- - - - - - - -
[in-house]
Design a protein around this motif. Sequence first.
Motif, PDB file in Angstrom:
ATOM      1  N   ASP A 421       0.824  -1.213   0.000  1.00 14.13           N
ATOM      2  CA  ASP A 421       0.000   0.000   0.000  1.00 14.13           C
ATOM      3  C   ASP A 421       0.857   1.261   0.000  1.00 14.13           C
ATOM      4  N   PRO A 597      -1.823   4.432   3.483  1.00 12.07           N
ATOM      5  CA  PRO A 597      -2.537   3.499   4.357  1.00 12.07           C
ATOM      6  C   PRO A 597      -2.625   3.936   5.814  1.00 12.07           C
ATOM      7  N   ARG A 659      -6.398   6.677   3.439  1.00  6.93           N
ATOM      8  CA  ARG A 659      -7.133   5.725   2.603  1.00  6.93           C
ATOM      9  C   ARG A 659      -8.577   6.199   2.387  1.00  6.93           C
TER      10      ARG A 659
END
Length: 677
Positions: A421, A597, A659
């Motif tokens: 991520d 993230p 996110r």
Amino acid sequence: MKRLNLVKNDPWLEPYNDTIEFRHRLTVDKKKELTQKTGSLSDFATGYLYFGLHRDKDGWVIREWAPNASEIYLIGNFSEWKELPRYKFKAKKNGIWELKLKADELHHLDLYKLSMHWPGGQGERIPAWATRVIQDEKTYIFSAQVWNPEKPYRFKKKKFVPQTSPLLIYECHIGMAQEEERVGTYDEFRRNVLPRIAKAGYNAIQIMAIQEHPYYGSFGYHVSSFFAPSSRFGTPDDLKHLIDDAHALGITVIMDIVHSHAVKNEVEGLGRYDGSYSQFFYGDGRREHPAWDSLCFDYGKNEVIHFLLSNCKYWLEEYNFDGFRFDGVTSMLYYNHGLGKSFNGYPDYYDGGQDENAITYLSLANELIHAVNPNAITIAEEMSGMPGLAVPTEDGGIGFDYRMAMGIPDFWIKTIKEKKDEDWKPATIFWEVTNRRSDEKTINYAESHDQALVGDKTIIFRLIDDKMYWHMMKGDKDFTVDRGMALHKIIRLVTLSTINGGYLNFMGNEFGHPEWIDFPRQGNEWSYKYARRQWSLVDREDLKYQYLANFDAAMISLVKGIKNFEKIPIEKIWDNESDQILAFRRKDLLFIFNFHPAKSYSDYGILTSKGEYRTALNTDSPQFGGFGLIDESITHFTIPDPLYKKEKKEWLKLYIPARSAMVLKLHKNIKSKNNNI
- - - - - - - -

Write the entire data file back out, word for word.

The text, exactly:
[in-house]
Design a protein around this motif. Sequence first.
Motif, PDB file in Angstrom:
ATOM      1  N   ASP A 421       0.824  -1.213   0.000  1.00 14.13           N
ATOM      2  CA  ASP A 421       0.000   0.000   0.000  1.00 14.13           C
ATOM      3  C   ASP A 421       0.857   1.261   0.000  1.00 14.13           C
ATOM      4  N   PRO A 597      -1.823   4.432   3.483  1.00 12.07           N
ATOM      5  CA  PRO A 597      -2.537   3.499   4.357  1.00 12.07           C
ATOM      6  C   PRO A 597      -2.625   3.936   5.814  1.00 12.07           C
ATOM      7  N   ARG A 659      -6.398   6.677   3.439  1.00  6.93           N
ATOM      8  CA  ARG A 659      -7.133   5.725   2.603  1.00  6.93           C
ATOM      9  C   ARG A 659      -8.577   6.199   2.387  1.00  6.93           C
TER      10      ARG A 659
END
Length: 677
Positions: A421, A597, A659
């Motif tokens: 991520d 993230p 996110r």
Amino acid sequence: MKRLNLVKNDPWLEPYNDTIEFRHRLTVDKKKELTQKTGSLSDFATGYLYFGLHRDKDGWVIREWAPNASEIYLIGNFSEWKELPRYKFKAKKNGIWELKLKADELHHLDLYKLSMHWPGGQGERIPAWATRVIQDEKTYIFSAQVWNPEKPYRFKKKKFVPQTSPLLIYECHIGMAQEEERVGTYDEFRRNVLPRIAKAGYNAIQIMAIQEHPYYGSFGYHVSSFFAPSSRFGTPDDLKHLIDDAHALGITVIMDIVHSHAVKNEVEGLGRYDGSYSQFFYGDGRREHPAWDSLCFDYGKNEVIHFLLSNCKYWLEEYNFDGFRFDGVTSMLYYNHGLGKSFNGYPDYYDGGQDENAITYLSLANELIHAVNPNAITIAEEMSGMPGLAVPTEDGGIGFDYRMAMGIPDFWIKTIKEKKDEDWKPATIFWEVTNRRSDEKTINYAESHDQALVGDKTIIFRLIDDKMYWHMMKGDKDFTVDRGMALHKIIRLVTLSTINGGYLNFMGNEFGHPEWIDFPRQGNEWSYKYARRQWSLVDREDLKYQYLANFDAAMISLVKGIKNFEKIPIEKIWDNESDQILAFRRKDLLFIFNFHPAKSYSDYGILTSKGEYRTALNTDSPQFGGFGLIDESITHFTIPDPLYKKEKKEWLKLYIPARSAMVLKLHKNIKSKNNNI